Since the start of the pandemic, Public Works has started using automatic flagger assistance devices, which keep flaggers farther from traffic, increased the use of digital sign boards to communicate current and future road work and is using a buffer truck behind an employee working in the road to put a physical barrier between staff and moving vehicles, according to Josh Lipscomb, roads operations and maintenance division manager with Public Works.

“I’m not demoralized by our effort here, because we’re responding to that change in behavior, and we haven’t really had an opportunity to see that play out yet,” said Jeremy Provenzola, deputy county engineer.

WSDOT

In 2022, the Washington State Department of Transportation implemented a safety reset in their work zones.

“Previously, WSDOT balanced safety for workers and travelers with the need to keep traffic moving through work zones,” Spokesperson Sarah Hannon-Nein said in a statement. “Now, we lean more toward safety of our workers.”

The Washington State Department of Transportation Southwest Region uses a temporary smart work zone system that alerts travelers with real-time traffic information on signs at about 1-mile intervals leading up to the work zone.

This system is dynamic. As congestion builds, different messages will be displayed to inform drivers of slowing traffic ahead, said Sarah Hannon-Nein, a spokesperson with WSDOT.

Some projects, such as the North Fork Lewis River Bridge deck repair project scheduled to start in late August, employ a temporary barrier to protect workers. In the case of the Lewis River Bridge, it will result in three lanes being reduced to two narrow lanes and narrow shoulders.

Highway 14

On perhaps the region’s most visible roadwork project, it is not uncommon for drivers going the speed limit on state Highway 14 between Southeast 164th Avenue and Interstate 205 to have to hit the brakes, decelerating to a near stop.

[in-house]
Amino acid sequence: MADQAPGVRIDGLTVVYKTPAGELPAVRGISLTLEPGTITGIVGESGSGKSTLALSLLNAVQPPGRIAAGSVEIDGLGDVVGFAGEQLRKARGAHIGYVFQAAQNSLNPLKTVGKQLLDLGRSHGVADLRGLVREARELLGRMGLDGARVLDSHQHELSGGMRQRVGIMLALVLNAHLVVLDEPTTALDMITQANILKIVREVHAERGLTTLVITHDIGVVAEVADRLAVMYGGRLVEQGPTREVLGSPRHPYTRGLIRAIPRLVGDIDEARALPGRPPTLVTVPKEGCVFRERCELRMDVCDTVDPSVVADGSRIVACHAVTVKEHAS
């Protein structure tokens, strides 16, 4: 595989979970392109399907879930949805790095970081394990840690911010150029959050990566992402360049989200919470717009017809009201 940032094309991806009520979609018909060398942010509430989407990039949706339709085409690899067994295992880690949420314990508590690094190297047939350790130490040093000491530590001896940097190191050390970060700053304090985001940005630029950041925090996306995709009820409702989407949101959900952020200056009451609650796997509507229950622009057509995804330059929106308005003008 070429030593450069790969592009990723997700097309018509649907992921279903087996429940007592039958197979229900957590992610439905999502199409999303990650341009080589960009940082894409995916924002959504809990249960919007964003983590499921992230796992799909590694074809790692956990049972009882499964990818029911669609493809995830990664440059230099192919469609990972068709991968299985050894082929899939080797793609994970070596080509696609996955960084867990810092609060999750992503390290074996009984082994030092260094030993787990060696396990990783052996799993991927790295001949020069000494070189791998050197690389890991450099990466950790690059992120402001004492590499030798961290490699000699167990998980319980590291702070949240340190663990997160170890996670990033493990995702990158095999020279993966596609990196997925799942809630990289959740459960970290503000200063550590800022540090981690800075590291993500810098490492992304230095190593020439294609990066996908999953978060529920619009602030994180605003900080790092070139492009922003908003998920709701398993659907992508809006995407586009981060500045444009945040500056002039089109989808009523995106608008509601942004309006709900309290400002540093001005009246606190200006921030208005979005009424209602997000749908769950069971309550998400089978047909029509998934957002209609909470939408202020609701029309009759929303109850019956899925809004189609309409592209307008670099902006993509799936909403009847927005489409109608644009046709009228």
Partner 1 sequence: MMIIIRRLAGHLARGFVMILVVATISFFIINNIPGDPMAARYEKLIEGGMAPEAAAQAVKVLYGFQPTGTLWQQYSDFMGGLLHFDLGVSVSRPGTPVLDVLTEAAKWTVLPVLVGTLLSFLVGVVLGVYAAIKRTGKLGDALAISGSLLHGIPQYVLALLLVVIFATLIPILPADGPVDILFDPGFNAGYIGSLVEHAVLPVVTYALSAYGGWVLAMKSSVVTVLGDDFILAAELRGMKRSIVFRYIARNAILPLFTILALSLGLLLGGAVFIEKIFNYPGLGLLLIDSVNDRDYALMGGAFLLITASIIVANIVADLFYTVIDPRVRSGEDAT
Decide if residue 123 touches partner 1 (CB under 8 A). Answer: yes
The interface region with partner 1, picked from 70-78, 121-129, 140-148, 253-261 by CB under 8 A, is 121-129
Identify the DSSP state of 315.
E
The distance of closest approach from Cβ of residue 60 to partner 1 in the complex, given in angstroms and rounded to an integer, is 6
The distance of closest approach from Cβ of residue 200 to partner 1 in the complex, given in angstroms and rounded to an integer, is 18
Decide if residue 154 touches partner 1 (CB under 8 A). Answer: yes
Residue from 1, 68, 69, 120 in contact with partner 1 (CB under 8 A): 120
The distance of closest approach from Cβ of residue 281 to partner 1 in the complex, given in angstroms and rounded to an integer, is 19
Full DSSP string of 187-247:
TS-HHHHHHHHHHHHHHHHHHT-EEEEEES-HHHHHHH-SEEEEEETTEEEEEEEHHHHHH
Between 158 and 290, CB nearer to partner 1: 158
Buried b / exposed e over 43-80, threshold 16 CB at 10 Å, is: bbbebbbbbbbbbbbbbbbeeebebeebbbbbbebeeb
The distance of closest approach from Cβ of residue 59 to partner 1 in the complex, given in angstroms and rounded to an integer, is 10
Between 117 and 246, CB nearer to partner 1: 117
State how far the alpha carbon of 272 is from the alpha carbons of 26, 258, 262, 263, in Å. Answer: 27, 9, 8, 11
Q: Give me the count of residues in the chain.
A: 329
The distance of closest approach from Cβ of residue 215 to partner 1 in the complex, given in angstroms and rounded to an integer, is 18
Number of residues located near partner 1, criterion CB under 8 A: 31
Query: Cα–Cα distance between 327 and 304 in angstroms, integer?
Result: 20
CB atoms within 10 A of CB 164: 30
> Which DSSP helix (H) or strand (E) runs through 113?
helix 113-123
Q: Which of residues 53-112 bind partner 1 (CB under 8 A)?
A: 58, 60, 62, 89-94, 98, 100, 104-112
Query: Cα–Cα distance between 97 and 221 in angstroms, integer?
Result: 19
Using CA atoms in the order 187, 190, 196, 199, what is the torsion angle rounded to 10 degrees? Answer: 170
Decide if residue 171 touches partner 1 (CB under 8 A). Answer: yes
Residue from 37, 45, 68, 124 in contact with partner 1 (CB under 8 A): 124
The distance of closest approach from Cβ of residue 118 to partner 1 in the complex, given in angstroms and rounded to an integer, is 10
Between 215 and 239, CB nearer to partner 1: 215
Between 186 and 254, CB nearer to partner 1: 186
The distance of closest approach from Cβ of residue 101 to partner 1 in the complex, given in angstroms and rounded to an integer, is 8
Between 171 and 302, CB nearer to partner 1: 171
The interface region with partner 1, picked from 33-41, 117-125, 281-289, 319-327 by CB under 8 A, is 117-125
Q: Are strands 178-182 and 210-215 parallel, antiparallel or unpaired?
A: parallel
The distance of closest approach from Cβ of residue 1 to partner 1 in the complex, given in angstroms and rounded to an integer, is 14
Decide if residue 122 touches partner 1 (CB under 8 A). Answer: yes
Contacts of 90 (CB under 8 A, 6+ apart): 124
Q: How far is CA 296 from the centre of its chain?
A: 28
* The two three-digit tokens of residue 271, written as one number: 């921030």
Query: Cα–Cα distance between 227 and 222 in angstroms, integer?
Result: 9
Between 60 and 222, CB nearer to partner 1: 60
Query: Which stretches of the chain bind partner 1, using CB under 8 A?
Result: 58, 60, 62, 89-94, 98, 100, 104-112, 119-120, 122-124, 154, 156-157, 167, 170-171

Since construction to add a third lane to both sides of the highway between Southeast 164th Avenue and Interstate 205 started last year, there has been an increase in crashes in the work zone due to congestion, disabled vehicles, numerous lane changes and speeding, according to Hannon-Nein.

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While construction continues through next summer, so will the narrow, shoulderless lanes.

To make the road safer, WSDOT is implementing new safety measures such as a temporary queue warning system that will be installed near the work zone; some of the project ramp meters will be activated earlier than scheduled.

Ramp meters have been shown to reduce collisions by 30 percent. Although all the meters won’t be in place until 2024, the meters will be used for two lanes of traffic to help improve safety and traffic operations during construction.

The queue warning system uses real-time information to alert drivers about slowdowns ahead. The system will be installed just east of the work zone in lieu of the advanced message boards currently in place.

Community Funded Journalism logo

This story was made possible by Community Funded Journalism, a project from The Columbian and the Local Media Foundation. Top donors include the Ed and Dollie Lynch Fund, Patricia, David and Jacob Nierenberg, Connie and Lee Kearney, Steve and Jan Oliva, The Cowlitz Tribal Foundation and the Mason E. Nolan Charitable Fund. The Columbian controls all content. For more information, visit columbian.com/cfj.

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Columbian staff writer